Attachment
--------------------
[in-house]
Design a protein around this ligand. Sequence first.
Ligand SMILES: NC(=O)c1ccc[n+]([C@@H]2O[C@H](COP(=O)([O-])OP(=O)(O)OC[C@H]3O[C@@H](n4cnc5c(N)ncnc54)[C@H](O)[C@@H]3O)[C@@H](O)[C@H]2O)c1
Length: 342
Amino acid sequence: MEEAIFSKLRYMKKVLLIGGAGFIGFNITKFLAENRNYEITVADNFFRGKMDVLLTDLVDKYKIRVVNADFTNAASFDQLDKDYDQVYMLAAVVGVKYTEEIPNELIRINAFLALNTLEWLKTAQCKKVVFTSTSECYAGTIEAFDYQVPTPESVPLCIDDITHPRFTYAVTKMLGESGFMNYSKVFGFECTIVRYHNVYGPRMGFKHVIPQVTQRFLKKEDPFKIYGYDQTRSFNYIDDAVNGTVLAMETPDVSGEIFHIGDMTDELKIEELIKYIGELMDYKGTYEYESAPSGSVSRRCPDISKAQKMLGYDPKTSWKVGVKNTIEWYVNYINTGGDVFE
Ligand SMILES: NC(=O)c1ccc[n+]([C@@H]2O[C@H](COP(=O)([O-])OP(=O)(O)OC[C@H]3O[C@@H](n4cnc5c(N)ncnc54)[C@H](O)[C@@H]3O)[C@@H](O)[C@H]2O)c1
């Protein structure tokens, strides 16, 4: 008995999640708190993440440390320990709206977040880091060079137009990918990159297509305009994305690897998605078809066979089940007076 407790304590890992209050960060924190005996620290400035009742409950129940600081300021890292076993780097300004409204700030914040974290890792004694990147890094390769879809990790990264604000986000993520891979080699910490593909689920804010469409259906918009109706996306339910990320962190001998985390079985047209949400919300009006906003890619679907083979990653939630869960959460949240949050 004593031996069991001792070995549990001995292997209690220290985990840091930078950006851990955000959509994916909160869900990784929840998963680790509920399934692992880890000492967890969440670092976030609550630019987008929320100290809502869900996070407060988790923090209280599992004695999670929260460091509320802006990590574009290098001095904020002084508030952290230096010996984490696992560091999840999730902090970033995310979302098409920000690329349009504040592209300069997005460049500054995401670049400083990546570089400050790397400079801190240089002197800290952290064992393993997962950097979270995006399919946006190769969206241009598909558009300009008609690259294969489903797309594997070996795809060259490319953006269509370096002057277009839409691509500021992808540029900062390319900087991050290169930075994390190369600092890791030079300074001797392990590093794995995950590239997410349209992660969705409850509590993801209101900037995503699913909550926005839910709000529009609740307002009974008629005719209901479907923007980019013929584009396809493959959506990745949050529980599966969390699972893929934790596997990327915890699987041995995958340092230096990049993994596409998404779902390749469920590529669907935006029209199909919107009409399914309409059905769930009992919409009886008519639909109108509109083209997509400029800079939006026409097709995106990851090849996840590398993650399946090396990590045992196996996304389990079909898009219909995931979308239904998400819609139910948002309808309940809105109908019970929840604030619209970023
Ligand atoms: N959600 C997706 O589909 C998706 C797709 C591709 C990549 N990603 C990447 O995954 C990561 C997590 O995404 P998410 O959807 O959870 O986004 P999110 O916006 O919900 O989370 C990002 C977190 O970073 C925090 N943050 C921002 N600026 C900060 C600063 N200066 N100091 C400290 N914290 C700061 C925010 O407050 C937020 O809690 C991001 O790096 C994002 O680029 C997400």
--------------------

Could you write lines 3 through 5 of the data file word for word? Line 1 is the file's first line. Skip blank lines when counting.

Ligand SMILES: NC(=O)c1ccc[n+]([C@@H]2O[C@H](COP(=O)([O-])OP(=O)(O)OC[C@H]3O[C@@H](n4cnc5c(N)ncnc54)[C@H](O)[C@@H]3O)[C@@H](O)[C@H]2O)c1
Length: 342
Amino acid sequence: MEEAIFSKLRYMKKVLLIGGAGFIGFNITKFLAENRNYEITVADNFFRGKMDVLLTDLVDKYKIRVVNADFTNAASFDQLDKDYDQVYMLAAVVGVKYTEEIPNELIRINAFLALNTLEWLKTAQCKKVVFTSTSECYAGTIEAFDYQVPTPESVPLCIDDITHPRFTYAVTKMLGESGFMNYSKVFGFECTIVRYHNVYGPRMGFKHVIPQVTQRFLKKEDPFKIYGYDQTRSFNYIDDAVNGTVLAMETPDVSGEIFHIGDMTDELKIEELIKYIGELMDYKGTYEYESAPSGSVSRRCPDISKAQKMLGYDPKTSWKVGVKNTIEWYVNYINTGGDVFE